by Neil Patrick Healy
Ten years ago in the spring of 2005, Nevada junior quarterback Jeff Rowe (2002-2006) and junior center Jimmy Wadhams (2002-2006) were alone in the locker room. The two were talking and throwing around a towel wrapped with duct tape when Hall of Fame head football coach Chris Ault walked in. Rowe and Wadhams didn’t know it at the time, but they were about to change Nevada’s program forever and revolutionize the entire football landscape.
“Coach came in and he told me to line up three and a half yards behind Jimmy,” Rowe said. “I’m thinking to myself, ‘OK? What are we doing here?’ and he handed Jimmy the towel wrapped in duct tape and told him to snap it to me. It was a perfect snap and Ault goes, ‘Great! Now let me find a football!’ We had four perfect snaps in a row and Ault yelled, ‘That’s it! We’re doing it!’ and he ran out of the locker room while Jimmy and I stood there wondering what we were doing.”
What they were doing was something Ault concocted in the depths of his mind — the pistol offense. Many football fans know the pistol because of former Nevada quarterback Colin Kaepernick (2007-2010) and his success in college and early in his NFL career, but the offense has taken the football world by storm. From Pop Warner to the NFL, the pistol has changed how coaches approach offenses. To appreciate the pistol’s impact, it is important to know why an offense that started in a University of Nevada locker room is so effective and why it’s different from other offenses.
The pistol is a combination of the single-back and the shotgun offense. Unlike the shotgun where the quarterback lines up around five to seven yards behind the center, the quarterback lines up only four yards behind the center. The running back lines up around two and a half or three yards behind the quarterback. According to Ault, these small variations were more effective for what he wanted to do in terms of establishing the run.
“The main reason I created the pistol is to be able to run the ball downhill and have the running back running north and south rather than east and west,” Ault said. “I wanted to keep the features of the one-back offense that were so good for us because we were such a potent offense. I never wanted to move the running back, and I had him seven yards from the ball and two and a half yards behind the quarterback.”
The running back lining up behind the quarterback is the pistol’s main feature, and it opens up more options in the running game.
“The biggest difference in the pistol is that the running back lines up directly behind the quarterback,” said former Nevada quarterback Cody Fajardo (20011-2014). “The biggest pro to this is the fact that the running back can actually run right and left as opposed to the original shotgun when the running back aligns on one side and he can only run the ball one way. The back lined up behind the quarterback keeps defenses on their toes.”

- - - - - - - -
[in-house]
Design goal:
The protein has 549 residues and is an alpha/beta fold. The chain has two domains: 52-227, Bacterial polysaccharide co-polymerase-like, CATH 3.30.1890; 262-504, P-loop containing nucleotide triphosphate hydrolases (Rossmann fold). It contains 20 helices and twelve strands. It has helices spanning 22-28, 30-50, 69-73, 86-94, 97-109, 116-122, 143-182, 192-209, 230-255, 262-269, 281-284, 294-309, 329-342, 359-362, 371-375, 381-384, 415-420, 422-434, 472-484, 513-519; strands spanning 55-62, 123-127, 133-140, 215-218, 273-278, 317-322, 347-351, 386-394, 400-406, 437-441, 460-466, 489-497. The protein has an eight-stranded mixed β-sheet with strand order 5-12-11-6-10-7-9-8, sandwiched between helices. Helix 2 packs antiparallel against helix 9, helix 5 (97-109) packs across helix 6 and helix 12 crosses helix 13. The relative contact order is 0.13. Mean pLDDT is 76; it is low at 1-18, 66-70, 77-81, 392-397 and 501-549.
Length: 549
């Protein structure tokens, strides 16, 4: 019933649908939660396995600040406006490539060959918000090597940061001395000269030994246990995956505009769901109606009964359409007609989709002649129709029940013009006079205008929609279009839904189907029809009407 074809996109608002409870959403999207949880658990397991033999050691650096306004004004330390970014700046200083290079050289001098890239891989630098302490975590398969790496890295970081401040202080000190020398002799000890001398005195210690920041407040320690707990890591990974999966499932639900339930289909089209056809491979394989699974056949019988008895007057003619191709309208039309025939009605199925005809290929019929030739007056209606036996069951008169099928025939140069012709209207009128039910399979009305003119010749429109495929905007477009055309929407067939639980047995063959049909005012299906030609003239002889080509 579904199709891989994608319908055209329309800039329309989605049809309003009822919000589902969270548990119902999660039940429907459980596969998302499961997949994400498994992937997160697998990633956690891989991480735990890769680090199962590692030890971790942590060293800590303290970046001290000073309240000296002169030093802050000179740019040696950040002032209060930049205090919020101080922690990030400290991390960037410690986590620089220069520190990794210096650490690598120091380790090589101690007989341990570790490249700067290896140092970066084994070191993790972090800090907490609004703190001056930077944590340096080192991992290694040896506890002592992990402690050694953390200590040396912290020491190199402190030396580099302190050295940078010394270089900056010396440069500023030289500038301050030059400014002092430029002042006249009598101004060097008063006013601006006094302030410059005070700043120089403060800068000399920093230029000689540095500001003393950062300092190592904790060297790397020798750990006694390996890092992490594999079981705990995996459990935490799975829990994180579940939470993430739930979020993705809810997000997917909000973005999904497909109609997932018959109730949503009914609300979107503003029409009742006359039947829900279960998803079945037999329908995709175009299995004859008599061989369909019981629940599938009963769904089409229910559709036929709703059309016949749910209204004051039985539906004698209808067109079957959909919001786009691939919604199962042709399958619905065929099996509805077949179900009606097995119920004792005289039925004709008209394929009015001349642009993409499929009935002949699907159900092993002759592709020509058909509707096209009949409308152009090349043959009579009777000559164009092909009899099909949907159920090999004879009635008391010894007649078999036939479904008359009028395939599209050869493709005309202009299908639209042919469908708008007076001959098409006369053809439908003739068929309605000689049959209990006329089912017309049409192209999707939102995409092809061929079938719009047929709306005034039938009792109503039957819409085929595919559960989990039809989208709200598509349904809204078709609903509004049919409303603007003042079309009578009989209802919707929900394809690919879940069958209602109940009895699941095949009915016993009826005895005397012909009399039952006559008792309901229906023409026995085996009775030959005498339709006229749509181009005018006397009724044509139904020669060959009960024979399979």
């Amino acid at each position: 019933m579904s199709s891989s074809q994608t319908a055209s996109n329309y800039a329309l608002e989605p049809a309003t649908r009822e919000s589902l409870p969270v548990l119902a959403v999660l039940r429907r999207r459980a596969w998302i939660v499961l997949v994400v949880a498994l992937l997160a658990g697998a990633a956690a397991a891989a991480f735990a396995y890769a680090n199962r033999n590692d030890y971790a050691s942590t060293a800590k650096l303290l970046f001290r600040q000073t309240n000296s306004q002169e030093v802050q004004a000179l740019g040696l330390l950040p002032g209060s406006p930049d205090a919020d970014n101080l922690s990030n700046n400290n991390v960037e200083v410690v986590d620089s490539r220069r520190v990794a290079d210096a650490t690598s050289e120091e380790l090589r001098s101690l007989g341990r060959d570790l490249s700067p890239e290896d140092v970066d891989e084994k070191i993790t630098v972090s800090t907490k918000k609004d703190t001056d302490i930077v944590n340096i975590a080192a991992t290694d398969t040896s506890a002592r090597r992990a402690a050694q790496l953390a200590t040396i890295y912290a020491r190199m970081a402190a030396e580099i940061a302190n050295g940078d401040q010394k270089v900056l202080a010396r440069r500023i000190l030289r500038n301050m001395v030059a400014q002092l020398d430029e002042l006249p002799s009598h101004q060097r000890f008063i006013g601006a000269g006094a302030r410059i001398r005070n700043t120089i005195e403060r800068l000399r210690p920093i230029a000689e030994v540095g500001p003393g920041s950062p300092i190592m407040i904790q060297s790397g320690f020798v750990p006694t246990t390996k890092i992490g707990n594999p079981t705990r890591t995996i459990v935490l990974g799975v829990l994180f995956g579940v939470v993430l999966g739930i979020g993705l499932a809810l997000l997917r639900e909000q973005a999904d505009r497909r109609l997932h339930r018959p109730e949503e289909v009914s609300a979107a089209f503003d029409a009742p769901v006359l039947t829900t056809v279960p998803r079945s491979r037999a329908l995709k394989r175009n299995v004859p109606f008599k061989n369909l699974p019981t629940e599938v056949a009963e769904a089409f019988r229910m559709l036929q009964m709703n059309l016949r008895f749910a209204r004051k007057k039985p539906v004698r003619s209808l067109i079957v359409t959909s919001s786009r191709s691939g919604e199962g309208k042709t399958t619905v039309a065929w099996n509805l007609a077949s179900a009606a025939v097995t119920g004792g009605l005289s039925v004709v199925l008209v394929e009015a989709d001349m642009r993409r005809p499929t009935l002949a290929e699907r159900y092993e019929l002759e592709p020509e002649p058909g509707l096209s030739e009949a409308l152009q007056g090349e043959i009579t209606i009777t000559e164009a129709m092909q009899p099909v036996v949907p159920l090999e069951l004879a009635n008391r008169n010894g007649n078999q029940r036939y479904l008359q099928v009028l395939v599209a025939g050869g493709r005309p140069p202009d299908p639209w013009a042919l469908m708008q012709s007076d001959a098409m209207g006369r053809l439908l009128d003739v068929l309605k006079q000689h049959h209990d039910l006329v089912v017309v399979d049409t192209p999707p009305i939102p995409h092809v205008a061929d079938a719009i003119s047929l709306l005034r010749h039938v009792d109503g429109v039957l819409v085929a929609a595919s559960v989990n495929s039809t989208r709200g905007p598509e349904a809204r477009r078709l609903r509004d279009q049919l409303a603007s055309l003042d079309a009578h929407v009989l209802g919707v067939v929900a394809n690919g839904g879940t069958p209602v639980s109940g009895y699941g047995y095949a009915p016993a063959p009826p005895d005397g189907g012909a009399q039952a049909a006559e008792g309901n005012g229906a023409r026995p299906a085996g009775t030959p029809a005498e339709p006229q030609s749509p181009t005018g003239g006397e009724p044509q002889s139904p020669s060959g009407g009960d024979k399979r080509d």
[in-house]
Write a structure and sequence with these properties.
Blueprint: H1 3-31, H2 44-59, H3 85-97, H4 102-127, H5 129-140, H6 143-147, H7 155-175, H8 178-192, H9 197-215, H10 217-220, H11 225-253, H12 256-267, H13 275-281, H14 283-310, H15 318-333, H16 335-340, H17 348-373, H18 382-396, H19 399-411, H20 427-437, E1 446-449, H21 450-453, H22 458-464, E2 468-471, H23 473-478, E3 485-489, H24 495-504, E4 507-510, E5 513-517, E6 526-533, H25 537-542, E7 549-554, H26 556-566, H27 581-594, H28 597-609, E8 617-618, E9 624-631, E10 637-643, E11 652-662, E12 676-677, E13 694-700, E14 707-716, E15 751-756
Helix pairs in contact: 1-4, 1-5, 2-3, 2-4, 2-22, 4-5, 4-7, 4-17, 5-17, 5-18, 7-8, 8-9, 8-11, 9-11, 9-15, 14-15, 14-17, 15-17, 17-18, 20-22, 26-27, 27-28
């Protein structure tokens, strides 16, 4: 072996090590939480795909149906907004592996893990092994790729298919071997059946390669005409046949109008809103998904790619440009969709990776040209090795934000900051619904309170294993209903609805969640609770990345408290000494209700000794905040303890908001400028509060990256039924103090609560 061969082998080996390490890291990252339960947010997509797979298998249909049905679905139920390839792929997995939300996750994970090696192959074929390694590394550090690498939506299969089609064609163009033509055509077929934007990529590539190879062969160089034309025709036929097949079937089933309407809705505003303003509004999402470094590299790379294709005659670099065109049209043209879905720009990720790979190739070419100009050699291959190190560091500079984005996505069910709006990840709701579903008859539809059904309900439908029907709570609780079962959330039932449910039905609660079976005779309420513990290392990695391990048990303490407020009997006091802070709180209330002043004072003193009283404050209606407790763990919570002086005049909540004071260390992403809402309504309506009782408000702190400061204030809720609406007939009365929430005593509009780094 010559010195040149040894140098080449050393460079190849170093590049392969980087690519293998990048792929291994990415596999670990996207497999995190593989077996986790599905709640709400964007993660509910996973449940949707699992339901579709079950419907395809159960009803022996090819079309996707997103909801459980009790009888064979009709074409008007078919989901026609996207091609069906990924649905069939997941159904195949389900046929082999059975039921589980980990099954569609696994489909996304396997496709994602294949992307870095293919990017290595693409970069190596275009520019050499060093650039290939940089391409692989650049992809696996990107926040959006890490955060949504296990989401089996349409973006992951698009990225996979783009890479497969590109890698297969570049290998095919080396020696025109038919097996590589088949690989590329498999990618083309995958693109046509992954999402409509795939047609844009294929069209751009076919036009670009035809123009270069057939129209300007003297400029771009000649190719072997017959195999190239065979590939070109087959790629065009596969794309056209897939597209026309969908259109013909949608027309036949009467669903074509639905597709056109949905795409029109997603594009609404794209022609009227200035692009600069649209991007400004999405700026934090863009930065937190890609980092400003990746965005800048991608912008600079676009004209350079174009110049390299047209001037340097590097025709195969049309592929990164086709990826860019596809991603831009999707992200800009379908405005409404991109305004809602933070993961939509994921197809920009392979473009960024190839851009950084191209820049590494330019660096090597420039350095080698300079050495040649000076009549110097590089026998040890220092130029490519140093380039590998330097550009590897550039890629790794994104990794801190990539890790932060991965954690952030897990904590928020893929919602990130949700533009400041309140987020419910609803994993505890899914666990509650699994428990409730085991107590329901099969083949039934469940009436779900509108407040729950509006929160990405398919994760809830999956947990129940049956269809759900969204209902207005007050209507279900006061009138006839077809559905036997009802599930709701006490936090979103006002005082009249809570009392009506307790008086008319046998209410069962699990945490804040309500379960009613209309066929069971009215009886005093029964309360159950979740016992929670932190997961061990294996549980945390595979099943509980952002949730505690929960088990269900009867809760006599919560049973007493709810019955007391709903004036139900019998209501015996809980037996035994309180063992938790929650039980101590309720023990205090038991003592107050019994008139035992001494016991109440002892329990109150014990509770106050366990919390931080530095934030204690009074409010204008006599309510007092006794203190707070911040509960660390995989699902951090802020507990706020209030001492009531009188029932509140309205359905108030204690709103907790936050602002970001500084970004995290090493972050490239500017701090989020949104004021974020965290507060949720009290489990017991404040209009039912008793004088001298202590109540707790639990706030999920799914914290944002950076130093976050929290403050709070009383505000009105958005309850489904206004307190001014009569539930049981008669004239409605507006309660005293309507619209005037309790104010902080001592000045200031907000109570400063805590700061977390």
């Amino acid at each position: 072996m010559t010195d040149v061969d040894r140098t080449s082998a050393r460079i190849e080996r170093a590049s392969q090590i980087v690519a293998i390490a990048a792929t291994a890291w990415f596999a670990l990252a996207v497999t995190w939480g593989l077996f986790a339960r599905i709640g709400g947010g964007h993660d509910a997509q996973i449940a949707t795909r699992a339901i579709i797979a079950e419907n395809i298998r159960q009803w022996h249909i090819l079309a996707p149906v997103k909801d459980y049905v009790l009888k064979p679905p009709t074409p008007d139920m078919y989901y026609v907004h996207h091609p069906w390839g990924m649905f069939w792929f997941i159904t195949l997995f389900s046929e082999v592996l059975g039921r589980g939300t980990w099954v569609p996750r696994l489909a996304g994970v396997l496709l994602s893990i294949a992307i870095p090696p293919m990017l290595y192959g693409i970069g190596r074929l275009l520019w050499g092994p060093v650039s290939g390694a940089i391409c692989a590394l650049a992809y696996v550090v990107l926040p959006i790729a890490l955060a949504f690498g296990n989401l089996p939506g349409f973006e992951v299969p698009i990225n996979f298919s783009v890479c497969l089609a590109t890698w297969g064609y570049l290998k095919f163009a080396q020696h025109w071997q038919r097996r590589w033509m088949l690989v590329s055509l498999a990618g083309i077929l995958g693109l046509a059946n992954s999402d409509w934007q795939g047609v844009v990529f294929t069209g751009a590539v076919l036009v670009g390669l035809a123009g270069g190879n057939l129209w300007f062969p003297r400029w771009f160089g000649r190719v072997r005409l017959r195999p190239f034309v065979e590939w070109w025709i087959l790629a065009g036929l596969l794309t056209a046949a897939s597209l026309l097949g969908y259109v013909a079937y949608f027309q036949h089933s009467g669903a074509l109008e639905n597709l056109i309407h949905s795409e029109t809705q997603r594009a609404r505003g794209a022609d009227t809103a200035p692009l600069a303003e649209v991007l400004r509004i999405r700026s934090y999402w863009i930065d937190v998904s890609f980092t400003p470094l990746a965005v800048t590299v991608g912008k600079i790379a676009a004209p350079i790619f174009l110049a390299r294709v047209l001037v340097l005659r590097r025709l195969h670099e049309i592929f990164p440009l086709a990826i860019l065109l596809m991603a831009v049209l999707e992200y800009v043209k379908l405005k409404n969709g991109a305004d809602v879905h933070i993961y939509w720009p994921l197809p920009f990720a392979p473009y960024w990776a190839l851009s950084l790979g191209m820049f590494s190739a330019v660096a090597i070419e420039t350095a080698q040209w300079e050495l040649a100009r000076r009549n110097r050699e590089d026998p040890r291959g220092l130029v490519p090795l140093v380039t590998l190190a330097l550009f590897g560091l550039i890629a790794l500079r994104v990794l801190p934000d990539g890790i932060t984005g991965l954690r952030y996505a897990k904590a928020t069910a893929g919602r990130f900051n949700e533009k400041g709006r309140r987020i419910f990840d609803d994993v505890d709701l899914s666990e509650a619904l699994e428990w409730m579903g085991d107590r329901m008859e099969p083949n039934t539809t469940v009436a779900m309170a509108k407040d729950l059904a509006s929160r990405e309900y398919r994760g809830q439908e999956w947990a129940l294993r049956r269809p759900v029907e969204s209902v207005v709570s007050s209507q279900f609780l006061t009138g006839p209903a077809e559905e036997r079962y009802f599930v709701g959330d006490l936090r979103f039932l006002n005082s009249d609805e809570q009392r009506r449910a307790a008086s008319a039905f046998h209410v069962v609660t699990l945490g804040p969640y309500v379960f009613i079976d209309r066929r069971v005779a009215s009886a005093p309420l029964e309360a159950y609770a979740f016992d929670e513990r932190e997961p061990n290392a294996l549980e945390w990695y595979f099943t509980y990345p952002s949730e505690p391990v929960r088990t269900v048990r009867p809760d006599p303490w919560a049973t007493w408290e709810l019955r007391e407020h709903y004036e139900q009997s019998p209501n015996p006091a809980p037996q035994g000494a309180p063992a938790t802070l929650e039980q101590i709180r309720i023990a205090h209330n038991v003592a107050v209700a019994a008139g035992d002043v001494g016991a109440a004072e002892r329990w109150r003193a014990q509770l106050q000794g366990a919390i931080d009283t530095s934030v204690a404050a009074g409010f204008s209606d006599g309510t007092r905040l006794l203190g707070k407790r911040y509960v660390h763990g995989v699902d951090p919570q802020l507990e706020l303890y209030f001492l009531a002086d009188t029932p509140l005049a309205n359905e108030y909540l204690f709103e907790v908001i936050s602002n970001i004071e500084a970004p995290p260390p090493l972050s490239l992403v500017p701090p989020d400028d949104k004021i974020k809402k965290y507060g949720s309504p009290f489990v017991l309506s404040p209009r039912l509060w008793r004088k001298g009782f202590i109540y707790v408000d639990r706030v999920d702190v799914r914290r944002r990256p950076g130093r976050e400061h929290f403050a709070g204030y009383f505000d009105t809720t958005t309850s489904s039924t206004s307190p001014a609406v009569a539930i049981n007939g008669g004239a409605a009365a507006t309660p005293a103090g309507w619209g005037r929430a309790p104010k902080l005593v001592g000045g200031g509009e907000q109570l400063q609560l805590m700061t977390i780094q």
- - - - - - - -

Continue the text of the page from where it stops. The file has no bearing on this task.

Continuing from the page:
When it comes to the pistol, the ingenuity is in its simplicity and how easy it is to adapt to. Rowe, who was the pistol’s first ever signal caller, had no trouble picking up the brand new offense.
“I think the adjustment to the pistol was very simple, which is why I think it is so special,” Rowe said. “In the shotgun catching the snap is similar, and under center some of the footwork is similar. I think it was such an easy transition, which is why I think it has taken off so well, especially at the high school level. The snap is easier, but you get all the same stuff you get with the shotgun.”
To understand the importance of the pistol for the Nevada program, one must understand the times in which Ault invented it. Nevada moved up to division 1-A in 1992 and the football team was running the one-back offense. The Pack had great success throwing the ball and was among the nation’s leaders in passing, but after Ault stepped away from coaching after the 1995 season, the football program slipped to mediocrity. From 1996 to 2003, Nevada went 39-53 and fired two head coaches before Ault retook the helm in 2004. Ault knew he had to change something in order to bring Nevada back.
“I brought out the pistol in the spring of 2005 and there was no film to study and no one to talk with that could help me,” Ault said. “I had just begun to coach again and I was trying to build and bring back the program again. It was a calculated risk, but I wanted to create something that was ours — something that was Nevada’s.”
Both Rowe and the assistant coaches were apprehensive as they began to work with the new offense that spring, but Ault made the pistol work for Nevada. The Pack went 9-3 in the pistol’s debut season and won the WAC championship. Senior running back B.J. Mitchell ran for 1,399 yards and 12 touchdowns and won the conference player of the year award. Rowe ended up being a fifth-round pick of the Cincinnati Bengals in the 2007 NFL draft.